Increased intra-individual variability in response time (RTSD) has been observed reliably in ADHD and is often used as a measure of inattention. RTSD is assumed to reflect attentional lapses and distractibility, though evidence for the validity of this connection is lacking. We assessed whether RTSD is an indicator of inattention by comparing RTSD on the stop-signal task (SST) to performance on the Delayed Oculomotor Response (DOR) Task, a measure of distractibility. Participants included 30 adults with ADHD and 28 controls. Participants completed the SST and the DOR task, which measured subjects’ ability to maintain attention and avoid distraction by inhibiting reflexive saccades toward distractors. On the SST, the ADHD group was slower to inhibit than controls, indicating poorer inhibitory control in ADHD. The ADHD group also displayed slower RTs, greater RTSD, and more omission errors. On the DOR task, the ADHD group displayed more premature saccades (i.e., greater distractibility) than controls. Greater variability in RT was associated with increased distraction on the DOR task but only in ADHD participants. Results suggest that RTSD is linked to distractibility among adults with ADHD and support the use of RTSD as a valid measure of inattention in ADHD.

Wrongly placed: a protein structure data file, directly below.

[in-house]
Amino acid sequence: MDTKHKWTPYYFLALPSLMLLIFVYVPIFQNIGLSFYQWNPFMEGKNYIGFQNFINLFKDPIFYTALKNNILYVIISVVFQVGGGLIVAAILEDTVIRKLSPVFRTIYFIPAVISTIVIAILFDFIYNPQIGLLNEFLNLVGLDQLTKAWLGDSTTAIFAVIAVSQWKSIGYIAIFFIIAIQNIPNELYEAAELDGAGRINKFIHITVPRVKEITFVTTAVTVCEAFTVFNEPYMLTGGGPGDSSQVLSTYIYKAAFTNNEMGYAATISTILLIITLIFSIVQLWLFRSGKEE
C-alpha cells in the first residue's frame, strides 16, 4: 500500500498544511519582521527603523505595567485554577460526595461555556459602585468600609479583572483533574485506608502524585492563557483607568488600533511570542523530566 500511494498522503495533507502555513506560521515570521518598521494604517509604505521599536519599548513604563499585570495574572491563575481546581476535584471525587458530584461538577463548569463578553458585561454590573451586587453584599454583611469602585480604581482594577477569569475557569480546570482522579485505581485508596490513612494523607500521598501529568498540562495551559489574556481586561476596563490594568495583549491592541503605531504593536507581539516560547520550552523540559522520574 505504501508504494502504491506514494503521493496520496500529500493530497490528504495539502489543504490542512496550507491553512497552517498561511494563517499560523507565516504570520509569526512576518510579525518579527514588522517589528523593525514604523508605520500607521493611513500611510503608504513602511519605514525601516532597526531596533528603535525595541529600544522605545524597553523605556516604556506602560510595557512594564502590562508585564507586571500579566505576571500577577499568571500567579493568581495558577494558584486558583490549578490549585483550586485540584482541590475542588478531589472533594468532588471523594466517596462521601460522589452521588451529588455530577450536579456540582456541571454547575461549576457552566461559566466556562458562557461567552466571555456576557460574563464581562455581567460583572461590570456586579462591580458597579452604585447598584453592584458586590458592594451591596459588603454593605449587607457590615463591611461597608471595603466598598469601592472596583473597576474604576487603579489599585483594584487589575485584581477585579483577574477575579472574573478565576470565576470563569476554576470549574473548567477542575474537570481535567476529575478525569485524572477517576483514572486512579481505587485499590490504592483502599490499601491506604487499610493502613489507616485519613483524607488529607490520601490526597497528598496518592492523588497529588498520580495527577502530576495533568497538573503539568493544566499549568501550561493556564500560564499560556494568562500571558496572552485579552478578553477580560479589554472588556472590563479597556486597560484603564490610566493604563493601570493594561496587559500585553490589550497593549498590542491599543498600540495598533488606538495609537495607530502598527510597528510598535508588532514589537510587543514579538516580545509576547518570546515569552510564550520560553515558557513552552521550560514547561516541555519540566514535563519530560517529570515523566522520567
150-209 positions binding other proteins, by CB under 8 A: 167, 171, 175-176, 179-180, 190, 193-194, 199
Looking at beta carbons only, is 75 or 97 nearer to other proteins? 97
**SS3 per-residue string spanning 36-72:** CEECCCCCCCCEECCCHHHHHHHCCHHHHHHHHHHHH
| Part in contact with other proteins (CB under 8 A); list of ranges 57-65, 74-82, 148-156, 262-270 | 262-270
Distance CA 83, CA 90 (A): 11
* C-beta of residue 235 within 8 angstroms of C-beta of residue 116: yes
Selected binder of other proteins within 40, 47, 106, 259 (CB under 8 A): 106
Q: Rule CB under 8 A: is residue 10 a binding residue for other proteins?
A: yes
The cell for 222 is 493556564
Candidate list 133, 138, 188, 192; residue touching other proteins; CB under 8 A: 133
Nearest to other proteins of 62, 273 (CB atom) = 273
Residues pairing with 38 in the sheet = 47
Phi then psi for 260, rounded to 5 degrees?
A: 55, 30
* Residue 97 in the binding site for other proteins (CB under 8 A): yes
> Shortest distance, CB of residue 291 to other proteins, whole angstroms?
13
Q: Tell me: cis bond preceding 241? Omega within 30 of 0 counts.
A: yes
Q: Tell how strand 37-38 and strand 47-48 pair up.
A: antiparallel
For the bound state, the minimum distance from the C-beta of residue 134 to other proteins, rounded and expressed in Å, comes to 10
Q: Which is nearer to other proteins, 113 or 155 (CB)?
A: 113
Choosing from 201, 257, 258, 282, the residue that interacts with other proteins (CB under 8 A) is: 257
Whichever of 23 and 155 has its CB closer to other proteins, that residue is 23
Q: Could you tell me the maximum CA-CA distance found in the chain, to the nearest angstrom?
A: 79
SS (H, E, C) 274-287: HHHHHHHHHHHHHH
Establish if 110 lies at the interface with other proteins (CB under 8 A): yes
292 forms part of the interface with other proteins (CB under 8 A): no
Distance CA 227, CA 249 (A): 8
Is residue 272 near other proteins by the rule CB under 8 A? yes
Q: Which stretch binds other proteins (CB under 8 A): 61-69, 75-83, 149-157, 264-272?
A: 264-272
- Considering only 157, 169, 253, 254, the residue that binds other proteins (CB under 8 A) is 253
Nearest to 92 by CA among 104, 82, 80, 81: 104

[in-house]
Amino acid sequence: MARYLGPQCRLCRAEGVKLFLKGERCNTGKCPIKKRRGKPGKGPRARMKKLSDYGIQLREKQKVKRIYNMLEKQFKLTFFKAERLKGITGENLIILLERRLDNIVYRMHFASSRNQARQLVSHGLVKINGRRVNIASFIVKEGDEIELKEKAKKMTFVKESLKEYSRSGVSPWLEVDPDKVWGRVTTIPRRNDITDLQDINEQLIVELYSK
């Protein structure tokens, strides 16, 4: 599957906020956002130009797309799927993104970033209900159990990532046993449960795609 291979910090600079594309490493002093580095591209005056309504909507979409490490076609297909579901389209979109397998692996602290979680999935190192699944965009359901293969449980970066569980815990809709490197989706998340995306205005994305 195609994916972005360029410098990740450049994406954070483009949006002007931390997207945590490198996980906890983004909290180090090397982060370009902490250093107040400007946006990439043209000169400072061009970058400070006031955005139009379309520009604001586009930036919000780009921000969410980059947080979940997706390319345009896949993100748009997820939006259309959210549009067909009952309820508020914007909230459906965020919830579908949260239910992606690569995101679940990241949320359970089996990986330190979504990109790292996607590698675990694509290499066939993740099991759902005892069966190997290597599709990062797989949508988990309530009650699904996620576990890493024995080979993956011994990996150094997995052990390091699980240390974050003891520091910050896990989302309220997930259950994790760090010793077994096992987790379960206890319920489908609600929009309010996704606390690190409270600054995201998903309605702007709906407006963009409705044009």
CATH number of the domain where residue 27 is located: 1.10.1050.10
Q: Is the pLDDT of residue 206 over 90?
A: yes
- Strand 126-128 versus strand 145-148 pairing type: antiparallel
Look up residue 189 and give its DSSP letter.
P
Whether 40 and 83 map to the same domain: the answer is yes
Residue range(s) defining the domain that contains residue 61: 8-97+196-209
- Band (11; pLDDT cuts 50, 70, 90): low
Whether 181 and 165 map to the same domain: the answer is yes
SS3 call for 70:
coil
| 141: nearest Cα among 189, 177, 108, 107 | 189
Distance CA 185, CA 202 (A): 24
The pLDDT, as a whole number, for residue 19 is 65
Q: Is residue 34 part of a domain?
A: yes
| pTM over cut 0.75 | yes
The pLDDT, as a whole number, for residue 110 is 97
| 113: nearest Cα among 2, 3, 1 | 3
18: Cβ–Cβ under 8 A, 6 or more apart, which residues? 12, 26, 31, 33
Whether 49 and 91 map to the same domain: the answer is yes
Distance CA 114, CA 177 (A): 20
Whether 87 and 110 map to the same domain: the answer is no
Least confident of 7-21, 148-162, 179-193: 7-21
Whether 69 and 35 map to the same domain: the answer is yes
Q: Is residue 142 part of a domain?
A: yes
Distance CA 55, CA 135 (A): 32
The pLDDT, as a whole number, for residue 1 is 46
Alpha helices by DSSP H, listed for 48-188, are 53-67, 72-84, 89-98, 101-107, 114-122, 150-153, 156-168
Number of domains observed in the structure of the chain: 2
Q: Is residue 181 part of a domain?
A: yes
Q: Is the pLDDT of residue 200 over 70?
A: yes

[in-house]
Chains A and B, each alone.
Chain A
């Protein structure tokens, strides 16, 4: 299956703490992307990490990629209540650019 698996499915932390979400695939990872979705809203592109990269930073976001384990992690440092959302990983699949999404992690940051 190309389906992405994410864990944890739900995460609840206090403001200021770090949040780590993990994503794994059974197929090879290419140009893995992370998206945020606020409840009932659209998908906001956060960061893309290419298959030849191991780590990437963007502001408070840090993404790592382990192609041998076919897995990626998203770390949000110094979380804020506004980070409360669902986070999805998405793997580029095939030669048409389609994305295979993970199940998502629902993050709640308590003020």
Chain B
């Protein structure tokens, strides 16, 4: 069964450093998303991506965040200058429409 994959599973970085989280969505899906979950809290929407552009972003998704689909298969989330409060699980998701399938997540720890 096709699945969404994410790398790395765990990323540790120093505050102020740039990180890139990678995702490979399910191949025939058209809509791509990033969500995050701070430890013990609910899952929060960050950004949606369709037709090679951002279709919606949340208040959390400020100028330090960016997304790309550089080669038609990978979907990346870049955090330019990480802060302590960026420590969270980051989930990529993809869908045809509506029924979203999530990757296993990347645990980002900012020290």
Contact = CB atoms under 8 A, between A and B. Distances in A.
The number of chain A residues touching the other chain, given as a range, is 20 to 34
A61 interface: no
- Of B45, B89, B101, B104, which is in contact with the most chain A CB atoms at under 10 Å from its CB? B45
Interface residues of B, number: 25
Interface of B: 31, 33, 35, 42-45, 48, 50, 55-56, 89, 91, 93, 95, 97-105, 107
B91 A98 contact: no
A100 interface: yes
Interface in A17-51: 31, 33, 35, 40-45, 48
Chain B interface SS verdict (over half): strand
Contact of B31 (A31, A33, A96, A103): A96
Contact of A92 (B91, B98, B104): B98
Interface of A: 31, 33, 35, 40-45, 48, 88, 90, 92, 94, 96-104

PMCID: PMC3115498  PMID: 21443365
ADHD; adults; variable attention; eye movements
6.  Separating Automatic and Intentional Inhibitory Mechanisms of Attention in Adults with Attention-Deficit/Hyperactivity Disorder 
Journal of abnormal psychology  2011;120(1):223-233.